Appears in
On Food and Cooking

By Harold McGee

Published 2004

  • About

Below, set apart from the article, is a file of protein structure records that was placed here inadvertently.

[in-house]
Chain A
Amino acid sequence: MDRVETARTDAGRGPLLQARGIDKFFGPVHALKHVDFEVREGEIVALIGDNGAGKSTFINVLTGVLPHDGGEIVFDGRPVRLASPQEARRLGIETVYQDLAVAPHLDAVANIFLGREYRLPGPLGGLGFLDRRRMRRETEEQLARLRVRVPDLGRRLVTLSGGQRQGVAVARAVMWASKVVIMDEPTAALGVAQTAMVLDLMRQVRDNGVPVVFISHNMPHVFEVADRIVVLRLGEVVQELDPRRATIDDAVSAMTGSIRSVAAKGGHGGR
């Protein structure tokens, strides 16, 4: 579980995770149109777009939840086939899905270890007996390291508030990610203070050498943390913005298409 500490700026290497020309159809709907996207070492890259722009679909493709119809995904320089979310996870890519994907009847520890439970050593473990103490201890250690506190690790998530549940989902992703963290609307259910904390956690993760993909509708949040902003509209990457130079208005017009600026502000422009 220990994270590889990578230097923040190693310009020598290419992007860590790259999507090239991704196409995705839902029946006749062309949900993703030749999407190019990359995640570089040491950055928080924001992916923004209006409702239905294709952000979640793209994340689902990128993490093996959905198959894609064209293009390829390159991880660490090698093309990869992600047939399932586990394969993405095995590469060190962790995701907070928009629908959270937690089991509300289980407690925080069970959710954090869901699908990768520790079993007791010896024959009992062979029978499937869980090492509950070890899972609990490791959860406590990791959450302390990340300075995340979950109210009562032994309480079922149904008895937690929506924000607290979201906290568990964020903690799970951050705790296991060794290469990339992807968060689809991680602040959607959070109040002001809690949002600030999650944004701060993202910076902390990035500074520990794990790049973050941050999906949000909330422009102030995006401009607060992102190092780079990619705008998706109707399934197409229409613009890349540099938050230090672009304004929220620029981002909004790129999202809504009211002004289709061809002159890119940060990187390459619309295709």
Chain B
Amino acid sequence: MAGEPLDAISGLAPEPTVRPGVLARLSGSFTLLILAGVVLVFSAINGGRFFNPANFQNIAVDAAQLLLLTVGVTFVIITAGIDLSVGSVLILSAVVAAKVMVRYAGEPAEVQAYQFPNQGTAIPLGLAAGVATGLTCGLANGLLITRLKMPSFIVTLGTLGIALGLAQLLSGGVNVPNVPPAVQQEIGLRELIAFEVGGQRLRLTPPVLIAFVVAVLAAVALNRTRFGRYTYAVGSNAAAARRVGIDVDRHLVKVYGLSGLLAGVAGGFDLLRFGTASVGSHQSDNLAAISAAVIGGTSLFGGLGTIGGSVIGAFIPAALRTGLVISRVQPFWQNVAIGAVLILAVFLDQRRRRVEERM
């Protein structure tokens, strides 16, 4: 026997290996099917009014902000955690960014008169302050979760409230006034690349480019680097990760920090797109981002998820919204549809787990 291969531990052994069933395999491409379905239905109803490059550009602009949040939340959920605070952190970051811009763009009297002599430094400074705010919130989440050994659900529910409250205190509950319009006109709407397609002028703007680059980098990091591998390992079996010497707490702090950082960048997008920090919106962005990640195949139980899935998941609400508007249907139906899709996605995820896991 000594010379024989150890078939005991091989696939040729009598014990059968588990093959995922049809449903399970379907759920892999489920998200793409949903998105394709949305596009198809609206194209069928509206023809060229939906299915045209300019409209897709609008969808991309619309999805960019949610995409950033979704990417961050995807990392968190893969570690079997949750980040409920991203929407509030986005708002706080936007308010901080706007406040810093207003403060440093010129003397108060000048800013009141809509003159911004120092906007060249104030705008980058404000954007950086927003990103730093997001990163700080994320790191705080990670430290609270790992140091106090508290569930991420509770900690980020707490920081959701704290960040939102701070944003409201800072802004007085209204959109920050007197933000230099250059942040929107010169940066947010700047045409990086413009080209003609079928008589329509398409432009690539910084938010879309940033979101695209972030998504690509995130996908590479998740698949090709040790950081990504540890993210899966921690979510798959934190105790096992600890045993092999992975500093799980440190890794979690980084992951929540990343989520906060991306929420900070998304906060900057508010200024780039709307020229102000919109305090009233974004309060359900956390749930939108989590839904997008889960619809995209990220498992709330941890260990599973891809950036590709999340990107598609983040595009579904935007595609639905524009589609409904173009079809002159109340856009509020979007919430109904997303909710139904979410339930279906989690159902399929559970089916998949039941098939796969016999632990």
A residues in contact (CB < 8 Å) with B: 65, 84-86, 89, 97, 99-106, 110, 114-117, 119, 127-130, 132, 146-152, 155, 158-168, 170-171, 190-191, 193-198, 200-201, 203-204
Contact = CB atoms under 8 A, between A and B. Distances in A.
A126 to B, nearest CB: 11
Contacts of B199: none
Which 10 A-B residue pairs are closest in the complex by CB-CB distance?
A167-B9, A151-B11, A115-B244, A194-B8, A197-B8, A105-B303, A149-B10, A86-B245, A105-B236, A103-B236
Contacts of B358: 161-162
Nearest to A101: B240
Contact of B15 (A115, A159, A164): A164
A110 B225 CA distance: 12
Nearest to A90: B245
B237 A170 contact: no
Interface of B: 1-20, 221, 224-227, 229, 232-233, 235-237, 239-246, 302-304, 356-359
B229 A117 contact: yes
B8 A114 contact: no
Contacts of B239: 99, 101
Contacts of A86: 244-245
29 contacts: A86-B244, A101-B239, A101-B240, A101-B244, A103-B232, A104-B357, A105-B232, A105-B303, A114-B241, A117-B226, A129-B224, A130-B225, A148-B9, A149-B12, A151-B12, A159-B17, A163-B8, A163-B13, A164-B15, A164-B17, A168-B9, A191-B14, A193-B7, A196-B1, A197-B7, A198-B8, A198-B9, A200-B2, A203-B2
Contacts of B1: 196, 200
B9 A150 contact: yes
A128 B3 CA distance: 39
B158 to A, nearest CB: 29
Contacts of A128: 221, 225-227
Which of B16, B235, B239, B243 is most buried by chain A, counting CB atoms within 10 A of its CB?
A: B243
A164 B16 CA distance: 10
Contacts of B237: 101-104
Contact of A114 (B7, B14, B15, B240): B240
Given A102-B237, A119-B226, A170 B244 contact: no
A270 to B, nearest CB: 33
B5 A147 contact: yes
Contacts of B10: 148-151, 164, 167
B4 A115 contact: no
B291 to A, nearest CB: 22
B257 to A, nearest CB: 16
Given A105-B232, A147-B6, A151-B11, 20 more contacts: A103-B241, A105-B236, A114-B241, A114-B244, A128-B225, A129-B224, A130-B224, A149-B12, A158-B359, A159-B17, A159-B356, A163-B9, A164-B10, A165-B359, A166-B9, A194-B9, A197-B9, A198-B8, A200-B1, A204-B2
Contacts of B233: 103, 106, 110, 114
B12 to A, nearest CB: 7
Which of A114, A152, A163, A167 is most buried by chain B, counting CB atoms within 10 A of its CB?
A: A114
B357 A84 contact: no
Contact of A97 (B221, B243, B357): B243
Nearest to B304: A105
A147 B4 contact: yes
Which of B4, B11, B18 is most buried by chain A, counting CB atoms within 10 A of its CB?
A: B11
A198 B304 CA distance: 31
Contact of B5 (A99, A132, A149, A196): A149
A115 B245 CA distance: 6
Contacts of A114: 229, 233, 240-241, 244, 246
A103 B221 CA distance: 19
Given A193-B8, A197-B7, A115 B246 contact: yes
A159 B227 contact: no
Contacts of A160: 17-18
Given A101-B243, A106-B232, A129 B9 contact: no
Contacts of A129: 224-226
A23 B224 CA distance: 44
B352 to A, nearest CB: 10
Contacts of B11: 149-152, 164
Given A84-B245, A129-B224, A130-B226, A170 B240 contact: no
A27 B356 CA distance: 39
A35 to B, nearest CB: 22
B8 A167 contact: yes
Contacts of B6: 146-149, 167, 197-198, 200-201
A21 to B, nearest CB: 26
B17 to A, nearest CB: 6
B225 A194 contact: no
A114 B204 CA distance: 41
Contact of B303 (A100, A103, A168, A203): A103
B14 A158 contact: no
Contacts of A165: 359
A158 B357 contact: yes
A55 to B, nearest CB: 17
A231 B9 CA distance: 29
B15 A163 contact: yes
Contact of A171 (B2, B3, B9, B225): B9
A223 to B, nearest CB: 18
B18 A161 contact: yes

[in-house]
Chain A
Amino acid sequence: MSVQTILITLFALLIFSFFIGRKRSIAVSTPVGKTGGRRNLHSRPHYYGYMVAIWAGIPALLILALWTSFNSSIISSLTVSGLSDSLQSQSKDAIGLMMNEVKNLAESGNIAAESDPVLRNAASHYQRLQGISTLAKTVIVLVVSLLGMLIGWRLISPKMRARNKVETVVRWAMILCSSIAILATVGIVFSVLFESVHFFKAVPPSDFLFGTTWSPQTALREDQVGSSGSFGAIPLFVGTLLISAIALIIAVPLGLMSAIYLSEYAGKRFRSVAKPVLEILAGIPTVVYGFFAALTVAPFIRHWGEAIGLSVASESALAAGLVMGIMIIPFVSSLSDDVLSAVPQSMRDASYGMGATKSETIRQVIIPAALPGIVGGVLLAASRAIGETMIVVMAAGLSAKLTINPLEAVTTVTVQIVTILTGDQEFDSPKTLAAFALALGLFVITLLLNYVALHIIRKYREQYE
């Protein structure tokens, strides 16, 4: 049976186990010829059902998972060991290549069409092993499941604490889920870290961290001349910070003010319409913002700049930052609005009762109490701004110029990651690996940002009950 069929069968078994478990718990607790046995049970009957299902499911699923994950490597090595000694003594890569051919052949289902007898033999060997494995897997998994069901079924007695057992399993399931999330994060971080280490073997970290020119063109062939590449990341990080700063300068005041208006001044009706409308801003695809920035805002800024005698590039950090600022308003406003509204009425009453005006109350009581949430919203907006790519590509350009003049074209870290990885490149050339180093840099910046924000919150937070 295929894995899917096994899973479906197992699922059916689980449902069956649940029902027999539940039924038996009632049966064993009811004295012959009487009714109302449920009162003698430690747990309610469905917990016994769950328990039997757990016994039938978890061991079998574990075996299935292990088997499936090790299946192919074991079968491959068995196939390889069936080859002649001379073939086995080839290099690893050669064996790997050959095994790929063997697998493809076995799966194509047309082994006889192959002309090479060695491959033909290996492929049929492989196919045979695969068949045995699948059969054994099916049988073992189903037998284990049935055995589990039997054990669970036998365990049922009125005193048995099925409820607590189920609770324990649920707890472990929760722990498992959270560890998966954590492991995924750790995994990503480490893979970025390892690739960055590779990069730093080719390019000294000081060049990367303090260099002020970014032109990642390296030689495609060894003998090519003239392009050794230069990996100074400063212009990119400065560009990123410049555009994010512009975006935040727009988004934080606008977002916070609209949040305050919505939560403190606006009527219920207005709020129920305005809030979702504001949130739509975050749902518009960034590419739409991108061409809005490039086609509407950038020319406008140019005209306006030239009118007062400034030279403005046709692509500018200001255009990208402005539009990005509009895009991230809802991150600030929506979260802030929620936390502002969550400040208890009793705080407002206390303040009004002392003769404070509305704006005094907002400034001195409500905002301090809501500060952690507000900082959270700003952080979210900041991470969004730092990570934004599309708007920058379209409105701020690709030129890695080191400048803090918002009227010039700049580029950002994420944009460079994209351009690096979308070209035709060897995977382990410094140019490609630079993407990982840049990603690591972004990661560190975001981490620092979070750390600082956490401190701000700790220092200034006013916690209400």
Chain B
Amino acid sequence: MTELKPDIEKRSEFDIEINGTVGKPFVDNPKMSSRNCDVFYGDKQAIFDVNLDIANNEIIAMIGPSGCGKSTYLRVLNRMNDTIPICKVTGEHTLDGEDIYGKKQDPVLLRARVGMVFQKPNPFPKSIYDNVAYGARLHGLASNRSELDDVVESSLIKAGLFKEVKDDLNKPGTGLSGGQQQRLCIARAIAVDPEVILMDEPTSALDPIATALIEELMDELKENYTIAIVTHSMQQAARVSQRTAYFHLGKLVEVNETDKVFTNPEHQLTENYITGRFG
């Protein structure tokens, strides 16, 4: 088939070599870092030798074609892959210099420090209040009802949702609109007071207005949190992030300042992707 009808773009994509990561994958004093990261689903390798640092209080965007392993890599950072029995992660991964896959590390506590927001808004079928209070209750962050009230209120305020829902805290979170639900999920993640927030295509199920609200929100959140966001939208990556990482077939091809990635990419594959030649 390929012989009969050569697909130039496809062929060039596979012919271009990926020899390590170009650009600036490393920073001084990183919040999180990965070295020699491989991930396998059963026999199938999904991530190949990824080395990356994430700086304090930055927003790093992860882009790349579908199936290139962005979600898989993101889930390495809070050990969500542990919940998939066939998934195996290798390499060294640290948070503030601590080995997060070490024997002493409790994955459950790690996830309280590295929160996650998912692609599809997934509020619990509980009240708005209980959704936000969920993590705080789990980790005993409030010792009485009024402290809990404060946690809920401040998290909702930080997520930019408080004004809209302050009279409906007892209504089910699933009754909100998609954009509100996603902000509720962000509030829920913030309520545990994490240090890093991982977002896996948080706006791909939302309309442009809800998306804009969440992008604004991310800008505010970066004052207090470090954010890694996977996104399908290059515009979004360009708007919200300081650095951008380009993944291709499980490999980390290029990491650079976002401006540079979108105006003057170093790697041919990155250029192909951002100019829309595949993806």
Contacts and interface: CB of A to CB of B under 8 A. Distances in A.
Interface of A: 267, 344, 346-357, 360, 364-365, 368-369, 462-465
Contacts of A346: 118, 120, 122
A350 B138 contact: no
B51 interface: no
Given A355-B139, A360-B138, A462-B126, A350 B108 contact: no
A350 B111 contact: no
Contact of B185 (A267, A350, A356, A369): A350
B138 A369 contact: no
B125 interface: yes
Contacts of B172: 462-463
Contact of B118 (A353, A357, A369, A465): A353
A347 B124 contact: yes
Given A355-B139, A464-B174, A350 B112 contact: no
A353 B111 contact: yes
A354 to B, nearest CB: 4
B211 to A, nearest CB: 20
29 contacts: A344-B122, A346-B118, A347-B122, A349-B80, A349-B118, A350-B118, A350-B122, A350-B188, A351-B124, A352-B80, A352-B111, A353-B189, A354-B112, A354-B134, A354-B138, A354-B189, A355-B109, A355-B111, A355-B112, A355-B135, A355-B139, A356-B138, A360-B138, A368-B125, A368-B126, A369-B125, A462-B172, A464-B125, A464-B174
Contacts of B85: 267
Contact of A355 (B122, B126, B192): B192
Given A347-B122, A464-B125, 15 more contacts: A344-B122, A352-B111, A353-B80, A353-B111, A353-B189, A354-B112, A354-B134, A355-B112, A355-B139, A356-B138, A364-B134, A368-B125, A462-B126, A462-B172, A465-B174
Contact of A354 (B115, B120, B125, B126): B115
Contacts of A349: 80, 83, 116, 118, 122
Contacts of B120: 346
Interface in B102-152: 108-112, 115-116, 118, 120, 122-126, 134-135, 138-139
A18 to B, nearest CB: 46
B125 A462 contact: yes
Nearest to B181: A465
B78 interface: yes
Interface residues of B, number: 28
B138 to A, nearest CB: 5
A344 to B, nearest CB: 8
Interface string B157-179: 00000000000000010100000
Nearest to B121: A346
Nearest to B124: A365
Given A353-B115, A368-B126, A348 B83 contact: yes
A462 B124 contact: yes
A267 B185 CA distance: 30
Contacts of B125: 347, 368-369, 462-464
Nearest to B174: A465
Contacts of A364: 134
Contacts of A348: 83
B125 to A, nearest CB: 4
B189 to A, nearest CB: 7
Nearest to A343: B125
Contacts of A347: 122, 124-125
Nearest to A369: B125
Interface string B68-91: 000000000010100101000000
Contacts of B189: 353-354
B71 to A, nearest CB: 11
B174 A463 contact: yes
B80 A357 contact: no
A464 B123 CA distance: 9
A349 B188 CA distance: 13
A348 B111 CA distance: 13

Bulb or Florence or finocchio fennel is a vegetable variety (var. azoricum) of Foeniculum vulgare, the plant that produces fennel seeds. Its enlarged leaf-stalk bases form a tight, bulb-like cluster. (The rest of the leaf stalk, the equivalent of celery stalk, remains tough and fibrous.) Fennel has a strong anise aroma thanks to the same chemical (anethole) that flavors anise seeds and star anise, and this makes fennel a more dominating, less versatile ingredient than celery and carrots. It also has a distinct citrus note (from the terpene limonene) that’s especially prominent in the sparse foliage. Fennel is eaten both raw, thinly sliced and crunchy, and cooked, often braised or in a gratin.